The Lowe’s Foundation has awarded a $750,000 grant to the Seattle Colleges for their Wood Technology Center, a division of Seattle Central College that offers training programs for students new to the trades as well as experienced carpenters.

The gift will bring two new positions to the center. One will help the program attract and retain students, place them in internships and apprenticeships in the local construction industry and later bring back those who want new skills needed to advance their professions. The other position will be a new site manager who will help with procurement, distributing materials and acquiring tools and equipment.

The gift is the largest private grant the program has ever received, and it is one of 11 community and technical colleges nationwide to benefit from the first wave of the Lowe’s Foundation Gable Grant program. Over the next five years, the foundation — which is a charitable arm of the North Carolina-based home improvement store — is giving $50 million to help prepare 50,000 people for skilled trades careers. 

At the Wood Technology Center, students can work toward earning a pre-apprenticeship construction training certificate, or associate degrees in carpentry or boat building. Recently the center added a nine-month residential construction certificate program.

Last year, Wood Tech’s future was uncertain when the Seattle Community Colleges district faced a budget crisis. After an outpouring of support, the colleges prioritized the center and made a series of decisions to stabilize the program financially, said Michael Beneke, a spokesperson for Seattle College Foundation.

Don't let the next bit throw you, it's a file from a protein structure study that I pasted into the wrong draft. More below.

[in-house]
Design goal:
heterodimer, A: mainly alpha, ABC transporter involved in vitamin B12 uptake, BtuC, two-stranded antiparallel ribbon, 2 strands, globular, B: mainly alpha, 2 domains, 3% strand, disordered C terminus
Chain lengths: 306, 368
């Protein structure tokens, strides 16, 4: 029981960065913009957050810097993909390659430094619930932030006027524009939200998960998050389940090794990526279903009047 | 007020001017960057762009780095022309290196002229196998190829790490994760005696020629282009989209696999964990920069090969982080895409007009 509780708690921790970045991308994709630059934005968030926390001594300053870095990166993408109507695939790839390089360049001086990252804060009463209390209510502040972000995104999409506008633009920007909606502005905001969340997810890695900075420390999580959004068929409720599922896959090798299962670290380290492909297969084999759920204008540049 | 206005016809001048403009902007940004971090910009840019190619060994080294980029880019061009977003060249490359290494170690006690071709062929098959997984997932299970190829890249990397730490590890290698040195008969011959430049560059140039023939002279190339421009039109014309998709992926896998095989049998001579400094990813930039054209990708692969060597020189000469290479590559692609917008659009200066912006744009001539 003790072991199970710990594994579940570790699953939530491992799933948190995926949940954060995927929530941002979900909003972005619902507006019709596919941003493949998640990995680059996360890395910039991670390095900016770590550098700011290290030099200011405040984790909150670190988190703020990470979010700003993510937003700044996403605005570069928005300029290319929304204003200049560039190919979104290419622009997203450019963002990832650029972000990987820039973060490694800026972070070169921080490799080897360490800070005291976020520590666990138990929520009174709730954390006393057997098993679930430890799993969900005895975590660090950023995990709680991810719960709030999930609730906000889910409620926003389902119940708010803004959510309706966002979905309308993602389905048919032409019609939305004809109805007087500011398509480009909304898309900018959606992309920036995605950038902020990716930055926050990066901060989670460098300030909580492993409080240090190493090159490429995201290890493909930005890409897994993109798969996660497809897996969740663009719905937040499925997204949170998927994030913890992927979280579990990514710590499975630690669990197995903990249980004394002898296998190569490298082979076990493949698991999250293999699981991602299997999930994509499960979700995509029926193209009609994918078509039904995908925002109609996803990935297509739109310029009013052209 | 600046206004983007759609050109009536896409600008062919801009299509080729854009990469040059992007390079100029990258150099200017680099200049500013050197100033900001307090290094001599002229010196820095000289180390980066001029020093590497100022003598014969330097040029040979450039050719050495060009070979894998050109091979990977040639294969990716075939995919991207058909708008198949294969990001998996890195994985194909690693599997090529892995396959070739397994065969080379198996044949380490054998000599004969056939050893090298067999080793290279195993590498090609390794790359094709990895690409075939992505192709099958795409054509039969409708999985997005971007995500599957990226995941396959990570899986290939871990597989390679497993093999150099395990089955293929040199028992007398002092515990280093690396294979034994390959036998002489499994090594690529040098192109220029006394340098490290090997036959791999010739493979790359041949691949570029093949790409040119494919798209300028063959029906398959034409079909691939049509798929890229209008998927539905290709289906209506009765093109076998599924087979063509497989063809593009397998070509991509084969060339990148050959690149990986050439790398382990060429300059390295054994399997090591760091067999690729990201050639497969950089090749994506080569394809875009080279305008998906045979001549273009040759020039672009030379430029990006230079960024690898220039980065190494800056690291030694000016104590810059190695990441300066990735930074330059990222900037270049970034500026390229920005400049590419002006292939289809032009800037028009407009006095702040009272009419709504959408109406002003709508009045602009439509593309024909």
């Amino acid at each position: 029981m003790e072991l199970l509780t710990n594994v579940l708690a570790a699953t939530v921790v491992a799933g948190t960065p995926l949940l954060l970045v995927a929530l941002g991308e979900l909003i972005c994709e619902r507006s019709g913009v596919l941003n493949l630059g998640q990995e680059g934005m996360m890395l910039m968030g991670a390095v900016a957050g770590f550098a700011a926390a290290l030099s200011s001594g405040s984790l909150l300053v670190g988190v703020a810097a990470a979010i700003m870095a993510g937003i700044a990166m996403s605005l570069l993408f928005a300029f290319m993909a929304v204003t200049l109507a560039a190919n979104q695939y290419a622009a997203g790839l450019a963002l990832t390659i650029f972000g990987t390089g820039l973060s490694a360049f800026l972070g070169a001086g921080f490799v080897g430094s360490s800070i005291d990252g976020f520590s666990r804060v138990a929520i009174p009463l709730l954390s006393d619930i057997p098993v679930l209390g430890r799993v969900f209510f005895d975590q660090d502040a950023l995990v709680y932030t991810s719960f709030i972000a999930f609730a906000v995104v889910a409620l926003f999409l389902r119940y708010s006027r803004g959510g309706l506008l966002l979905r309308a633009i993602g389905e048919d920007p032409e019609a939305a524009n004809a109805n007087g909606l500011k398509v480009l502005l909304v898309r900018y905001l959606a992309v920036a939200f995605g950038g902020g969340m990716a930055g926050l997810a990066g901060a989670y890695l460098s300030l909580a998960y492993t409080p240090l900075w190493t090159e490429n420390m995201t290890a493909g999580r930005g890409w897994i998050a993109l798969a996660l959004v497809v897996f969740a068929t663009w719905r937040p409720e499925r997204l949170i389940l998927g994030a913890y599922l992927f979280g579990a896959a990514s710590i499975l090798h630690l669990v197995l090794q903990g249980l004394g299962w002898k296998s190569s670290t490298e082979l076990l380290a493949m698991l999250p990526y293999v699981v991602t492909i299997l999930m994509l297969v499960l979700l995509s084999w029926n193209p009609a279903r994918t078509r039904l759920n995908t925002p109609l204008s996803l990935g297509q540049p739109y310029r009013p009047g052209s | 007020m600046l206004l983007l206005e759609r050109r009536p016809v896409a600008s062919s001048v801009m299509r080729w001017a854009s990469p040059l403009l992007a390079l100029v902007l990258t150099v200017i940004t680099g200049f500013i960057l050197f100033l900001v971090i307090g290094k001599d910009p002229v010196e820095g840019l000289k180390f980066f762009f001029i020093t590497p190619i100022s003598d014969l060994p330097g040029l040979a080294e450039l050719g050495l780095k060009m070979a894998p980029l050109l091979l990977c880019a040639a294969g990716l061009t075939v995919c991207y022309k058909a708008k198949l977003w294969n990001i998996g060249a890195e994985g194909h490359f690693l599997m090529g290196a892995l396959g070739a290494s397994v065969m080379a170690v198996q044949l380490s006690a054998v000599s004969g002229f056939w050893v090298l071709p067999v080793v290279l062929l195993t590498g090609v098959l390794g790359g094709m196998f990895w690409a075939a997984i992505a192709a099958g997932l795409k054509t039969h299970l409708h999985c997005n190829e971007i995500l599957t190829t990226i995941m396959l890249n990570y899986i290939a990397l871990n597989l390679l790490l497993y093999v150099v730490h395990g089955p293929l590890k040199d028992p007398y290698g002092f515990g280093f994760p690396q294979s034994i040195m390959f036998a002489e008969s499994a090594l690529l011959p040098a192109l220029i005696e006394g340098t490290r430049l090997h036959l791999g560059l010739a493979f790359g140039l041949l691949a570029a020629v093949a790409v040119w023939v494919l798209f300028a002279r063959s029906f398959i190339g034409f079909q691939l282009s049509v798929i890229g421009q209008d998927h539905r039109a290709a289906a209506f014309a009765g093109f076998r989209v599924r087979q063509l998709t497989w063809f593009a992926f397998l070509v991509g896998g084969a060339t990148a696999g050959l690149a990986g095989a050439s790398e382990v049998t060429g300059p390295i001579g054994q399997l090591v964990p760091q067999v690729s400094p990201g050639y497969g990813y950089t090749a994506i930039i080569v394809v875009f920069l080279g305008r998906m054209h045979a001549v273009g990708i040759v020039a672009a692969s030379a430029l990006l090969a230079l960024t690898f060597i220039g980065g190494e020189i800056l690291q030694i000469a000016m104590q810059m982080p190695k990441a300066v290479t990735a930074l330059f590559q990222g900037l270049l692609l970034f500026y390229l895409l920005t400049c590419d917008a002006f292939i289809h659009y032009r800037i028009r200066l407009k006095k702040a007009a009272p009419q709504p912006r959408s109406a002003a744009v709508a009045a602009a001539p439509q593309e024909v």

In addition, the state Legislature provided added support for staff and faculty with a full cost-of-living salary adjustment, which was given to them this year, Beneke said.

“The center is on a solid financial footing. We are positioned now to begin to grow programs,” Beneke said. The Lowe’s grant will allow for new growth at the center, he said.

Seattle Mayor Bruce Harrell applauded both the grant and programs like Seattle Promise, which is a partnership between the city, Seattle Public Schools and Seattle Colleges that creates opportunities for graduating seniors to gain trade skills. 

“More housing is critically needed to address affordability and homelessness — and to build our way out of this challenge, we need builders,” said Harrell in a statement.

Eighty-five percent of contractors say they have trouble finding skilled workers, said Denise Hill, Lowe’s Foundation board member and Lowe’s vice president of communications and community relations, in a news release.

“We’re proud to support Seattle’s top source of trained carpenters while building a sustainable and inclusive workforce to revitalize our homes, neighborhoods and infrastructure for the future,” Hill said.